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If there is one skill actors simply must learn to develop, it’s their ability to memorize lines. However, individual actors take charge of just how thoroughly they know their lines and how strictly they feel the need to stick to the script. Some thespians firmly anchor their performances on every single written word, whereas others view those words as somewhat of a rough estimate. 


Improvising can bring freshness.

“Love Actually” star Hugh Grant noticed quite a difference between English and American actors as it pertains to sticking to the script. Grant told BAFTA, “I’m glad I made some American films, because it’s interesting watching American actors. They’re much less reverent in terms of the script than British actors. Especially in comedies, they’re endlessly improvising, doing different things. They don’t really care too much what was in the script. They don’t care too much about whether being told to stand. And I think that’s very useful, and people should do more of that in British films because it comes back to freshness. The camera loves fresh—anything new, anything that hasn’t been pre-rehearsed.”


When laziness sets in.

“Godless” actor Jeff Daniels described two different avenues he’s taken regarding memorization. On the “Off Camera Show,” he described the first, a more relaxed approach: “There’s a difference between knowing [the lines] and knowing what you’re going to do with it, and I just know it. On a lot of movies, and I’ve done this…you can kind of memorize it and make up your own and kind of sort of know it and then kind of find it in one, two, or three [takes]. And if you get more takes than that, terrific. There’s a laziness that can set in. And I’m just going to paraphrase this part because it’s really not written very well. So now it gets a little sloppy, and now you’re doing things that you’ve done in other movies because you’re improvising, and you kind of go to your default thing that you do.” In stark contrast to that approach is memorizing the lines with strict discipline. Daniels explained, “Or you can just sit there with that script and drill it. It’s repetition. It’s the time spent. And I remember in season 3 of “The Newsroom,” knowing that if I’m able to whip it, rattle it off word-perfect, then I know it. If I can’t do that, and I stumble at a certain [part], then I don’t know that section well enough. Get in there and do the mechanics of learning. This particular line has three words that start with “p.” So you gotta go back in and do the part that isn’t fun. You’ve got to build that inside you so you can now get on top of that and dance in any sort of direction you want because you have the foundation of knowing it.”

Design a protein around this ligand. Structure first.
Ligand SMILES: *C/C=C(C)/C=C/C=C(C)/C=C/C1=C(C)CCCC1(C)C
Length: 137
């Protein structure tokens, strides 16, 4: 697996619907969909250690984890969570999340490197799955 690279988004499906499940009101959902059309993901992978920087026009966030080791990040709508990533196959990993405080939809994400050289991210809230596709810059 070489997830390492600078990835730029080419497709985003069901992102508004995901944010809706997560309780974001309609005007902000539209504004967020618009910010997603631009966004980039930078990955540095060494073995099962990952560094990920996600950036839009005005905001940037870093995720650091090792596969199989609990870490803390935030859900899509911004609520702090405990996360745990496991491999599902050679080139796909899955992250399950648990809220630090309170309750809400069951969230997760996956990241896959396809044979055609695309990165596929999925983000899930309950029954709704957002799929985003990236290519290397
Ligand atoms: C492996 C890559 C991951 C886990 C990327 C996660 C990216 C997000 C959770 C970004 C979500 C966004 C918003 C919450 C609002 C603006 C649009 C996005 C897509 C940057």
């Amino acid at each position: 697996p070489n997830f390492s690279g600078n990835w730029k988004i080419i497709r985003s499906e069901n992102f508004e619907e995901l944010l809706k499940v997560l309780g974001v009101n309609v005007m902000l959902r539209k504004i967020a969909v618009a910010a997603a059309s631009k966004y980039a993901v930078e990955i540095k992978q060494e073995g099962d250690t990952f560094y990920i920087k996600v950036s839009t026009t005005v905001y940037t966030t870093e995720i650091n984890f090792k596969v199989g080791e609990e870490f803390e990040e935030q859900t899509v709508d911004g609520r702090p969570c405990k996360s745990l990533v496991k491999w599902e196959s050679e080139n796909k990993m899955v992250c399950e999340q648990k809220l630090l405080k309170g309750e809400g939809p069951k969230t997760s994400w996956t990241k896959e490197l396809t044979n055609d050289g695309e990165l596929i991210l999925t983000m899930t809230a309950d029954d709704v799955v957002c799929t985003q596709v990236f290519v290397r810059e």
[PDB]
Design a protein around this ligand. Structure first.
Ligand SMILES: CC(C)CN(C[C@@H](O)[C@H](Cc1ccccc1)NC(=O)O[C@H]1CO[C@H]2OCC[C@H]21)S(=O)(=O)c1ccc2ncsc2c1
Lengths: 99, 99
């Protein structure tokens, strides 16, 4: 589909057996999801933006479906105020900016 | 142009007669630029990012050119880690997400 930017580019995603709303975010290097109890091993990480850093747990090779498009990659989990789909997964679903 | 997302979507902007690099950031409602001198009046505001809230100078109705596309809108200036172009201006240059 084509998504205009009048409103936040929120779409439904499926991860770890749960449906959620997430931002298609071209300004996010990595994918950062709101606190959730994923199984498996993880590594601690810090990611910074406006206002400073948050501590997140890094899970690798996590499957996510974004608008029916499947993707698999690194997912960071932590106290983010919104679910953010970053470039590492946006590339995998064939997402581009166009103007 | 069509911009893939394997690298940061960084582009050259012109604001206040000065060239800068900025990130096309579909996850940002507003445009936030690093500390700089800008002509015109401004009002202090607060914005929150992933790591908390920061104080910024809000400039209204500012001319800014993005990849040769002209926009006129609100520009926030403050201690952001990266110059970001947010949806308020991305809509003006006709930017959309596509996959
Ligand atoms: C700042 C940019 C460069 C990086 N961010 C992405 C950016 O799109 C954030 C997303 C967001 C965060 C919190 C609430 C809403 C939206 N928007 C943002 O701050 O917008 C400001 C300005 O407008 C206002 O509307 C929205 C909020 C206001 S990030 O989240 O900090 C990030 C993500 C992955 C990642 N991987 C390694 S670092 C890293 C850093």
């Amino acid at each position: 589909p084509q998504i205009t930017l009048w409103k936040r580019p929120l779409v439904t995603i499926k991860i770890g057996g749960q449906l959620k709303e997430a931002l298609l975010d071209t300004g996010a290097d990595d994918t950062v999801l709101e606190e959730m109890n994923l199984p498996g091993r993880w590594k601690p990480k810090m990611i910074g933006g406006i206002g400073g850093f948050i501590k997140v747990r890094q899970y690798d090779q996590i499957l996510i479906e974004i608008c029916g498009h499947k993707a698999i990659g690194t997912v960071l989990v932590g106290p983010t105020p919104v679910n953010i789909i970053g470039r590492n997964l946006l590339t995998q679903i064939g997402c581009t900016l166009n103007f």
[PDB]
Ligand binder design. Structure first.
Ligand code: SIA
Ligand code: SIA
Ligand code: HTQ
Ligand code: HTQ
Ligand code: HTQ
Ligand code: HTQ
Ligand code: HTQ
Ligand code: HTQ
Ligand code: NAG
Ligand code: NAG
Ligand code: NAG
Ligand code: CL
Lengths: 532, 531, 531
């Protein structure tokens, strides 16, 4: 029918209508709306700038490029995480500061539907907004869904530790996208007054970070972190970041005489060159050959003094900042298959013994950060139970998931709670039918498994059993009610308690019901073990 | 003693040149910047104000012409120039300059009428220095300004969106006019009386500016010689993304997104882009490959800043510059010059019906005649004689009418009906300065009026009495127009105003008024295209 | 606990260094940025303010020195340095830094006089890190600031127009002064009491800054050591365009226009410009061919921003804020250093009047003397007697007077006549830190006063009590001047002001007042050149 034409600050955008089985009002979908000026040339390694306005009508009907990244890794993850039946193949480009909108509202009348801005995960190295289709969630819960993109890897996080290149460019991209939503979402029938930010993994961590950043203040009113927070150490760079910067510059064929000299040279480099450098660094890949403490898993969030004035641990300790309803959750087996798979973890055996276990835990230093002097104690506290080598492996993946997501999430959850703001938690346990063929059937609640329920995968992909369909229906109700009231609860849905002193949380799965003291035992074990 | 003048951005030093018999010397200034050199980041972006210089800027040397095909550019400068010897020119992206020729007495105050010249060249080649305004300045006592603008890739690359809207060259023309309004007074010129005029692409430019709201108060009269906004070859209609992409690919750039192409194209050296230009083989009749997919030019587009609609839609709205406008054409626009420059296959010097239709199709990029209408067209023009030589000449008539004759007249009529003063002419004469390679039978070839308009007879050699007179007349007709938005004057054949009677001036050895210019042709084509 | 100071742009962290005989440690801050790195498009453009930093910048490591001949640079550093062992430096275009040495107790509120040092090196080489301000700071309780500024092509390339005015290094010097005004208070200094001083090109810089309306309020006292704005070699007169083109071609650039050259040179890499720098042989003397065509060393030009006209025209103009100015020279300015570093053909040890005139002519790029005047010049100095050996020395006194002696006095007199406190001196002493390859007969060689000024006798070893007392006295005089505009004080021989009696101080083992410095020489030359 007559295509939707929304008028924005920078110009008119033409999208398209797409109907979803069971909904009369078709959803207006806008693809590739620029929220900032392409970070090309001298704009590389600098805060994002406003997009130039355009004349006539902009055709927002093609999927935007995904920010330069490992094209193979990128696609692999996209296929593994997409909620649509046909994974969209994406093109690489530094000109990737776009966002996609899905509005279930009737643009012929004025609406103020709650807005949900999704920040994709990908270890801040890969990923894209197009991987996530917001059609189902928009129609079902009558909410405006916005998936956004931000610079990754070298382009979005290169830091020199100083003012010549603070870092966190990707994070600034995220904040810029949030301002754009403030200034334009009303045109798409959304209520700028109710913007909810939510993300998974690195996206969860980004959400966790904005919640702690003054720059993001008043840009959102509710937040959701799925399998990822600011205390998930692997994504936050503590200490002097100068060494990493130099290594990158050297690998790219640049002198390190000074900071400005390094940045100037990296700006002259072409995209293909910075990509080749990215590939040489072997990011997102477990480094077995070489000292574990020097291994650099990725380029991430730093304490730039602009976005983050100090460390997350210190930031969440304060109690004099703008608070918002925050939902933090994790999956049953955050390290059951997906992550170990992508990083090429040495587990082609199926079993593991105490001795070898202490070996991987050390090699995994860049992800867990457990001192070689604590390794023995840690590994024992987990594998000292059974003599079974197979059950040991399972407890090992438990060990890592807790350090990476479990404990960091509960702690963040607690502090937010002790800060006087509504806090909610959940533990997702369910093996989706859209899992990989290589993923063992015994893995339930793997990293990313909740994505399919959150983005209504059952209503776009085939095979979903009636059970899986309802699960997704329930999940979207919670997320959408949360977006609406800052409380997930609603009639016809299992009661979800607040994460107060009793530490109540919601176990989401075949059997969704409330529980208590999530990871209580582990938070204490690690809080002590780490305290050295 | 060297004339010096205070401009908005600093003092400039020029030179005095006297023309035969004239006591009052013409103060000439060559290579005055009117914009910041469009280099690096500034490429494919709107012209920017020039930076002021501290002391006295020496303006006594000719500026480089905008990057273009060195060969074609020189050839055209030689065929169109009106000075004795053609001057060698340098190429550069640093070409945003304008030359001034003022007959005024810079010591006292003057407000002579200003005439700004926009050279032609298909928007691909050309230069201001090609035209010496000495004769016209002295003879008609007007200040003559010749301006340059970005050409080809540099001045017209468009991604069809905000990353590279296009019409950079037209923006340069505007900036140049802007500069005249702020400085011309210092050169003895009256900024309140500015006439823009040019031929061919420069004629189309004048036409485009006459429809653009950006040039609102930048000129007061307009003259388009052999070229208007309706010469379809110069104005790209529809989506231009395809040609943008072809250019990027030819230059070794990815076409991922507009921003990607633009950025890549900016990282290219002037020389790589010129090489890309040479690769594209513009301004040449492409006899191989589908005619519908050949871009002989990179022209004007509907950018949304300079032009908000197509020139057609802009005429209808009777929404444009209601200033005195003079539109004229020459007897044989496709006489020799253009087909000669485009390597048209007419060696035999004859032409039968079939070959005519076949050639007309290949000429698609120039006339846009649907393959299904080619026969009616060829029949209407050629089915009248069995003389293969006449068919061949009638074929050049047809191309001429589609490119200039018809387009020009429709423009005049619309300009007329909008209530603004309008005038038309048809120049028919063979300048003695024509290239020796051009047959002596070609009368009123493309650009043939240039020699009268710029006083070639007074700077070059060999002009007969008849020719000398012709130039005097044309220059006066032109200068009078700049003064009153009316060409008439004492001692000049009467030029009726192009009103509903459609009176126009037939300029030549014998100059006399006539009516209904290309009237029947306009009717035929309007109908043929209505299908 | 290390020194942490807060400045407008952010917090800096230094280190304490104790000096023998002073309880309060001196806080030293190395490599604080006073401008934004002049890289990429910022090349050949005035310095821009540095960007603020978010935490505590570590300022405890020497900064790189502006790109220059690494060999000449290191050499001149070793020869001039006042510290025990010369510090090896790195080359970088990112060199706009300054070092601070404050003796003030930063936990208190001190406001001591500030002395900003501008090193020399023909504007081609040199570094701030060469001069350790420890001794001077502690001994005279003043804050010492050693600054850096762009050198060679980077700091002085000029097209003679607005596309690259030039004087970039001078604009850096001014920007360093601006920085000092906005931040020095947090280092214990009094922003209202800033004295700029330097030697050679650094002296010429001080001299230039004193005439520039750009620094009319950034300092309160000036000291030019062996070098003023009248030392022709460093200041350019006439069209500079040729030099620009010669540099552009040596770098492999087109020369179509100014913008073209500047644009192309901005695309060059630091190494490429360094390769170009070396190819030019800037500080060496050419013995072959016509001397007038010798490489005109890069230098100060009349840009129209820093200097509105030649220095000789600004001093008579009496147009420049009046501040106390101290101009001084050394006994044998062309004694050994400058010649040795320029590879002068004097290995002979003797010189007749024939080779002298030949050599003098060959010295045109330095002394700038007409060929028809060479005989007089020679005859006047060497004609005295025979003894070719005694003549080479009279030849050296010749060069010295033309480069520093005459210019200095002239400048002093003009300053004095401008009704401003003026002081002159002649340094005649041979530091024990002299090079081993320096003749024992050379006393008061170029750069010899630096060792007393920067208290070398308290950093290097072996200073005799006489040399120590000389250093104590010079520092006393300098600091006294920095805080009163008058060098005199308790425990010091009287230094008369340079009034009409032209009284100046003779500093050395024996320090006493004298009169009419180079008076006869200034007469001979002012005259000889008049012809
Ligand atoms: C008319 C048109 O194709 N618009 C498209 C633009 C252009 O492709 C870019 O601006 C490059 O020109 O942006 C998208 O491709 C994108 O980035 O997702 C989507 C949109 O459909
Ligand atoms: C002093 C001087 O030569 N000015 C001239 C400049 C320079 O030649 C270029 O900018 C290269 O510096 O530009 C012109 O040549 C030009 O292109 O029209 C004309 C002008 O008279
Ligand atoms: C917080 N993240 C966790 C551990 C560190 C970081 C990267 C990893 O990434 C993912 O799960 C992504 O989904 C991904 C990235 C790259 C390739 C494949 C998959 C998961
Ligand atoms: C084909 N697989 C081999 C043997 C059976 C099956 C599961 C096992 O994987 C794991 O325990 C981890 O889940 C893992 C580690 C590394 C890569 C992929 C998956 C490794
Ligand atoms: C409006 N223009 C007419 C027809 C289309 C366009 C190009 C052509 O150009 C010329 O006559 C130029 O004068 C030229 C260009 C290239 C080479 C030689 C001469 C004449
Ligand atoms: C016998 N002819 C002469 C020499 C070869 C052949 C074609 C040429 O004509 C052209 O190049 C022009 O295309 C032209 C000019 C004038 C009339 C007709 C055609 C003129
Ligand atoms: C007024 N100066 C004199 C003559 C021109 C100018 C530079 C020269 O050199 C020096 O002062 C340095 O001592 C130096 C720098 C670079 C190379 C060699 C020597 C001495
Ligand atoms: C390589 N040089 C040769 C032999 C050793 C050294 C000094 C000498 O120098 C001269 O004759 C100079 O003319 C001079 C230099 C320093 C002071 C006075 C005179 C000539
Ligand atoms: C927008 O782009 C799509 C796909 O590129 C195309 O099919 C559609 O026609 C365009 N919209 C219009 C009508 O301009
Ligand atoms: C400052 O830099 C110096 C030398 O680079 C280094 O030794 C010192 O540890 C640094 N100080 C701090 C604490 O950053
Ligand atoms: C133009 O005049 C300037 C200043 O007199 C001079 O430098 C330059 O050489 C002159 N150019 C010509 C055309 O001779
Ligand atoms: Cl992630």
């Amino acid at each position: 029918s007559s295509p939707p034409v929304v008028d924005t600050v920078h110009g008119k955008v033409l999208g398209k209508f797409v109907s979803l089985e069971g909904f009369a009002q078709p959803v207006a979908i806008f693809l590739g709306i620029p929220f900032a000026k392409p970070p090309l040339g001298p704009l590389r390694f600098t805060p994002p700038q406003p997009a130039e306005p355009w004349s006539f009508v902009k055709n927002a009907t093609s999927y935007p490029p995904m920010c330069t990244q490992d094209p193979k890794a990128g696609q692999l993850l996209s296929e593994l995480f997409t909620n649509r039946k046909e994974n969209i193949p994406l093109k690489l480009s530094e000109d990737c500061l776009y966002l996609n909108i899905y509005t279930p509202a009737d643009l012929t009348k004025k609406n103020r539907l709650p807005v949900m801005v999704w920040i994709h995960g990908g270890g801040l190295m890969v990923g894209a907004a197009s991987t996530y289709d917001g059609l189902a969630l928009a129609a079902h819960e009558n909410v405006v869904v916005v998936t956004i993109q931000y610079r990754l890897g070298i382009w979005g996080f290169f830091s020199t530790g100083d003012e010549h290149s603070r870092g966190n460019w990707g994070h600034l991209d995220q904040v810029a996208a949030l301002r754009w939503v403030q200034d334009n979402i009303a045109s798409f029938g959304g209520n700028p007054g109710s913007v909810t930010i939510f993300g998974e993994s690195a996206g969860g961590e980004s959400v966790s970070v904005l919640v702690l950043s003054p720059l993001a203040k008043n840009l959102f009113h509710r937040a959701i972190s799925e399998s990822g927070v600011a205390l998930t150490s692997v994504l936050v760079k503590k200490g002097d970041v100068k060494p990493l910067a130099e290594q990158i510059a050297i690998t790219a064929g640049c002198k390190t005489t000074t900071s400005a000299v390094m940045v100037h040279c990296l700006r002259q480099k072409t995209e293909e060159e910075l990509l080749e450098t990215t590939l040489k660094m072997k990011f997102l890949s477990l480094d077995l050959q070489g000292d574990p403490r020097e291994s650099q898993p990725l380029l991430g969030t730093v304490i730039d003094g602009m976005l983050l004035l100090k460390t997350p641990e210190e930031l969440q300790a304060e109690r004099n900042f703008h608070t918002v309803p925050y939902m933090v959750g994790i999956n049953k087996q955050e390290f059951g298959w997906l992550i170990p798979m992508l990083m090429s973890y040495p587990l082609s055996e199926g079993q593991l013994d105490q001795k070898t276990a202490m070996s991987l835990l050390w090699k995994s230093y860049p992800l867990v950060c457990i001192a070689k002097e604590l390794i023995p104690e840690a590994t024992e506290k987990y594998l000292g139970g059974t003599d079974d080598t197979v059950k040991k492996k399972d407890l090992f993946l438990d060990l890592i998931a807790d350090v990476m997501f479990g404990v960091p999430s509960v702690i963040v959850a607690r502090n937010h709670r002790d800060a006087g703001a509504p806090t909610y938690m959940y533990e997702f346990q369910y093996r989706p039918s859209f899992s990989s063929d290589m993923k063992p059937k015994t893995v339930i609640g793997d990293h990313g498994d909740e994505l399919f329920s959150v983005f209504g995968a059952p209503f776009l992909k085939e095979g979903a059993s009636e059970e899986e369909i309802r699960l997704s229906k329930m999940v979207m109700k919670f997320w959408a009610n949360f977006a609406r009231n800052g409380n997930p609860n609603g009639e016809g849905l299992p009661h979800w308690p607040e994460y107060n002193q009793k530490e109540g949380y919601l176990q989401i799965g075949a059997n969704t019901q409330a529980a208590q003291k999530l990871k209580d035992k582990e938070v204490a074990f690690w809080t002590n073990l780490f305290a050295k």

Make memorization a priority.

“Lawrence of Arabia” actor Peter O’Toole was famous for receiving seven Oscar nods as well as his legendary capacity for boozing. With all that imbibing, how was he able to pull off such excellence in acting? Was he improvising at times? Fifteen years ago, he shared his method of learning lines in an interview with Charlie Rose: “The old-fashioned word for it was ‘study.’ You go alone, you have no observer, no interlocutor. An unobserved, uninhibited, private study is the backbone of any fine actor or actress.” With all his studying, O’Toole always came to set knowing his lines inside and out, even if he had a drink or two. 


Find a style of memorization that works for you.

Samuel L. Jackson has found a way to keep his performances fresh that many would find hard to pull off. The Nick Fury actor told The Associated Press what works for him: “My everyday memory is not something I get paid to use, so I can afford to lose things and not worry about it. My pay-for-play memory is sharp as a tack. I’m sort of from that school that I read [the material] three times and I know it. And generally I don’t say the lines out loud until the first time I rehearse it in front of a camera. And once you start movement, it’s easy to remember where you are when you say something. That makes it totally simple. And certain movies, it’s like come on. It’s not like you’re doing a play and you have to remember something from beginning to end every night. A page and a third a day—come on, piece of cake.” It’s rare that someone can memorize lines after only three reads, but clearly this strategy works like a charm for Jackson.

Jim Parsons of “The Big Bang Theory” famously had to memorize outrageous, creatively worded scientific dialogue. The challenge made ad-libbing not a viable option on set. So Parsons would make flashcards; on one side he’d write the cue line and who says it, while on the back of the card he’d write his own line. “I pace around my house, and I drill them like some sort of ballet dancer learning moves, largely because I don’t know a lot of what I’m talking about. And so I need the muscle memory to be in my mouth at least to be really ready to go, because if I do think about it, A) the right words never will occur to me, and B) the ones I do will just be wrong.”

Everyone’s mind works differently when it comes to learning lines. Here are 6 effective tips for memorization.

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